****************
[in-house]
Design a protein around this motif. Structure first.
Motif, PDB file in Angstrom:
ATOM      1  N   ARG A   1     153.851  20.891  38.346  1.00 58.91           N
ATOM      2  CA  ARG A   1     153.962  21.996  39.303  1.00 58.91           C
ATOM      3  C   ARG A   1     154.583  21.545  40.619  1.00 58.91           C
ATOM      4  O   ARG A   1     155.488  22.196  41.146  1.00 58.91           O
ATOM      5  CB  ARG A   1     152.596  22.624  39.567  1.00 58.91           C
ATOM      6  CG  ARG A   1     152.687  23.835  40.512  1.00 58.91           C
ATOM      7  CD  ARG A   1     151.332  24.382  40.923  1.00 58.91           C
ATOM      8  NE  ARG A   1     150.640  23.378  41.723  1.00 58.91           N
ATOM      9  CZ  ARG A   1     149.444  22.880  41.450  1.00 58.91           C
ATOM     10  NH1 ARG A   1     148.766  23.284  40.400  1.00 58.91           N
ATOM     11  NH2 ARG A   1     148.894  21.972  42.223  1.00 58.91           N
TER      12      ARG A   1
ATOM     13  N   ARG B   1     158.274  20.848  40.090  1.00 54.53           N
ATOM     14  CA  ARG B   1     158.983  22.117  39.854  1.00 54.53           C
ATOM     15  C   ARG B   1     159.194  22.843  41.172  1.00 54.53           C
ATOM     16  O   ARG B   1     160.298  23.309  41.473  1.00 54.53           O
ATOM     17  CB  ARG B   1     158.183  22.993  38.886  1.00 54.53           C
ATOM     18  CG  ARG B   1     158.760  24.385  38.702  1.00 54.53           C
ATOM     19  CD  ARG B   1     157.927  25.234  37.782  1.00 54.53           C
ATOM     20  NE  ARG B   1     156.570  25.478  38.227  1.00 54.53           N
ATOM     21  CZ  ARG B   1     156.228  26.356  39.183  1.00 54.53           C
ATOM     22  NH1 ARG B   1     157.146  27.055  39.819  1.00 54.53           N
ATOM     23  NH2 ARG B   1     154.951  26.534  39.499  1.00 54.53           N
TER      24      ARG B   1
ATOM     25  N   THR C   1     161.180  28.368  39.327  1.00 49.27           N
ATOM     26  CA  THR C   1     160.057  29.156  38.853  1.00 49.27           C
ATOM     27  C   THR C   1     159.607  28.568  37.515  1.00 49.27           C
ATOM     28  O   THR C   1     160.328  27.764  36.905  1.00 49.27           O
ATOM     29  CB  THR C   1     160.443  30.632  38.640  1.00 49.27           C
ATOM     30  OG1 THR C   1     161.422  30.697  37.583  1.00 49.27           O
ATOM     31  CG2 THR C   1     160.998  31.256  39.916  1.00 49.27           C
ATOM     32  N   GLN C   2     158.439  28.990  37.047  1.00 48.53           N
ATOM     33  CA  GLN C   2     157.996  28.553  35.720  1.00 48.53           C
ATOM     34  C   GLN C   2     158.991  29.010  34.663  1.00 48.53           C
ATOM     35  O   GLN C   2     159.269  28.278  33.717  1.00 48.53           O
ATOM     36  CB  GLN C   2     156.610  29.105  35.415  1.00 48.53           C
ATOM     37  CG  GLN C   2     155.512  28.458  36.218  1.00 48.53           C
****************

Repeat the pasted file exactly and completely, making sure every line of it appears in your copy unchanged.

[in-house]
Design a protein around this motif. Structure first.
Motif, PDB file in Angstrom:
ATOM      1  N   ARG A   1     153.851  20.891  38.346  1.00 58.91           N
ATOM      2  CA  ARG A   1     153.962  21.996  39.303  1.00 58.91           C
ATOM      3  C   ARG A   1     154.583  21.545  40.619  1.00 58.91           C
ATOM      4  O   ARG A   1     155.488  22.196  41.146  1.00 58.91           O
ATOM      5  CB  ARG A   1     152.596  22.624  39.567  1.00 58.91           C
ATOM      6  CG  ARG A   1     152.687  23.835  40.512  1.00 58.91           C
ATOM      7  CD  ARG A   1     151.332  24.382  40.923  1.00 58.91           C
ATOM      8  NE  ARG A   1     150.640  23.378  41.723  1.00 58.91           N
ATOM      9  CZ  ARG A   1     149.444  22.880  41.450  1.00 58.91           C
ATOM     10  NH1 ARG A   1     148.766  23.284  40.400  1.00 58.91           N
ATOM     11  NH2 ARG A   1     148.894  21.972  42.223  1.00 58.91           N
TER      12      ARG A   1
ATOM     13  N   ARG B   1     158.274  20.848  40.090  1.00 54.53           N
ATOM     14  CA  ARG B   1     158.983  22.117  39.854  1.00 54.53           C
ATOM     15  C   ARG B   1     159.194  22.843  41.172  1.00 54.53           C
ATOM     16  O   ARG B   1     160.298  23.309  41.473  1.00 54.53           O
ATOM     17  CB  ARG B   1     158.183  22.993  38.886  1.00 54.53           C
ATOM     18  CG  ARG B   1     158.760  24.385  38.702  1.00 54.53           C
ATOM     19  CD  ARG B   1     157.927  25.234  37.782  1.00 54.53           C
ATOM     20  NE  ARG B   1     156.570  25.478  38.227  1.00 54.53           N
ATOM     21  CZ  ARG B   1     156.228  26.356  39.183  1.00 54.53           C
ATOM     22  NH1 ARG B   1     157.146  27.055  39.819  1.00 54.53           N
ATOM     23  NH2 ARG B   1     154.951  26.534  39.499  1.00 54.53           N
TER      24      ARG B   1
ATOM     25  N   THR C   1     161.180  28.368  39.327  1.00 49.27           N
ATOM     26  CA  THR C   1     160.057  29.156  38.853  1.00 49.27           C
ATOM     27  C   THR C   1     159.607  28.568  37.515  1.00 49.27           C
ATOM     28  O   THR C   1     160.328  27.764  36.905  1.00 49.27           O
ATOM     29  CB  THR C   1     160.443  30.632  38.640  1.00 49.27           C
ATOM     30  OG1 THR C   1     161.422  30.697  37.583  1.00 49.27           O
ATOM     31  CG2 THR C   1     160.998  31.256  39.916  1.00 49.27           C
ATOM     32  N   GLN C   2     158.439  28.990  37.047  1.00 48.53           N
ATOM     33  CA  GLN C   2     157.996  28.553  35.720  1.00 48.53           C
ATOM     34  C   GLN C   2     158.991  29.010  34.663  1.00 48.53           C
ATOM     35  O   GLN C   2     159.269  28.278  33.717  1.00 48.53           O
ATOM     36  CB  GLN C   2     156.610  29.105  35.415  1.00 48.53           C
ATOM     37  CG  GLN C   2     155.512  28.458  36.218  1.00 48.53           C